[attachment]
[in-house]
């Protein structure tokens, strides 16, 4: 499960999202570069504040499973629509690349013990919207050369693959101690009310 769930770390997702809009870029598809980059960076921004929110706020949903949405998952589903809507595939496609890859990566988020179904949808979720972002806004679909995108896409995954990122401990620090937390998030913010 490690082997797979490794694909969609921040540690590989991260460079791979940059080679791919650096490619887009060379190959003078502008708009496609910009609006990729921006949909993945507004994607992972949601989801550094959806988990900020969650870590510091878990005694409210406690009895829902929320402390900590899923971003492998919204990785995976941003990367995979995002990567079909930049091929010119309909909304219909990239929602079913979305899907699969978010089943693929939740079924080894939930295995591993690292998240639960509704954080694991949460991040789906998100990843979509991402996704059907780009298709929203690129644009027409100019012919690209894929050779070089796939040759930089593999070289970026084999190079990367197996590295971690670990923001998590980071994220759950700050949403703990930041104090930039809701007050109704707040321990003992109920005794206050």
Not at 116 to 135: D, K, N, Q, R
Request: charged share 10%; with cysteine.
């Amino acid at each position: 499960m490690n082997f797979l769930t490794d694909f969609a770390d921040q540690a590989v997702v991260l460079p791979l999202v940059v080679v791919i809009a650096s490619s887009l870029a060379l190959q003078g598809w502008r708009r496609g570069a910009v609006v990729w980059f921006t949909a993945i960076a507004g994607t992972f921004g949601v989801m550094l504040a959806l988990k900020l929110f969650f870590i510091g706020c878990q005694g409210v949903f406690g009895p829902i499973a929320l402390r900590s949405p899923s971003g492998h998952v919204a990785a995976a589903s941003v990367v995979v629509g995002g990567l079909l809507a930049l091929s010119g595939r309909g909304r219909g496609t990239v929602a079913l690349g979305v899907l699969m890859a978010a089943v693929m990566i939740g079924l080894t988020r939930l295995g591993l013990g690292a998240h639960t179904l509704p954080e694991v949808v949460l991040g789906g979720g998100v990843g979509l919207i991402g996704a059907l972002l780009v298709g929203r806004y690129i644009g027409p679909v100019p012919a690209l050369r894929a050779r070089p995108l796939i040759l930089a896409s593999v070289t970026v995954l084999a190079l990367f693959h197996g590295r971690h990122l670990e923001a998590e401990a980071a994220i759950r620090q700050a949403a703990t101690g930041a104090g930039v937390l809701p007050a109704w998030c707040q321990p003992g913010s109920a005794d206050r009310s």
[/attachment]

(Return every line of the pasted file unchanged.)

[in-house]
């Protein structure tokens, strides 16, 4: 499960999202570069504040499973629509690349013990919207050369693959101690009310 769930770390997702809009870029598809980059960076921004929110706020949903949405998952589903809507595939496609890859990566988020179904949808979720972002806004679909995108896409995954990122401990620090937390998030913010 490690082997797979490794694909969609921040540690590989991260460079791979940059080679791919650096490619887009060379190959003078502008708009496609910009609006990729921006949909993945507004994607992972949601989801550094959806988990900020969650870590510091878990005694409210406690009895829902929320402390900590899923971003492998919204990785995976941003990367995979995002990567079909930049091929010119309909909304219909990239929602079913979305899907699969978010089943693929939740079924080894939930295995591993690292998240639960509704954080694991949460991040789906998100990843979509991402996704059907780009298709929203690129644009027409100019012919690209894929050779070089796939040759930089593999070289970026084999190079990367197996590295971690670990923001998590980071994220759950700050949403703990930041104090930039809701007050109704707040321990003992109920005794206050």
Not at 116 to 135: D, K, N, Q, R
Request: charged share 10%; with cysteine.
């Amino acid at each position: 499960m490690n082997f797979l769930t490794d694909f969609a770390d921040q540690a590989v997702v991260l460079p791979l999202v940059v080679v791919i809009a650096s490619s887009l870029a060379l190959q003078g598809w502008r708009r496609g570069a910009v609006v990729w980059f921006t949909a993945i960076a507004g994607t992972f921004g949601v989801m550094l504040a959806l988990k900020l929110f969650f870590i510091g706020c878990q005694g409210v949903f406690g009895p829902i499973a929320l402390r900590s949405p899923s971003g492998h998952v919204a990785a995976a589903s941003v990367v995979v629509g995002g990567l079909l809507a930049l091929s010119g595939r309909g909304r219909g496609t990239v929602a079913l690349g979305v899907l699969m890859a978010a089943v693929m990566i939740g079924l080894t988020r939930l295995g591993l013990g690292a998240h639960t179904l509704p954080e694991v949808v949460l991040g789906g979720g998100v990843g979509l919207i991402g996704a059907l972002l780009v298709g929203r806004y690129i644009g027409p679909v100019p012919a690209l050369r894929a050779r070089p995108l796939i040759l930089a896409s593999v070289t970026v995954l084999a190079l990367f693959h197996g590295r971690h990122l670990e923001a998590e401990a980071a994220i759950r620090q700050a949403a703990t101690g930041a104090g930039v937390l809701p007050a109704w998030c707040q321990p003992g913010s109920a005794d206050r009310s």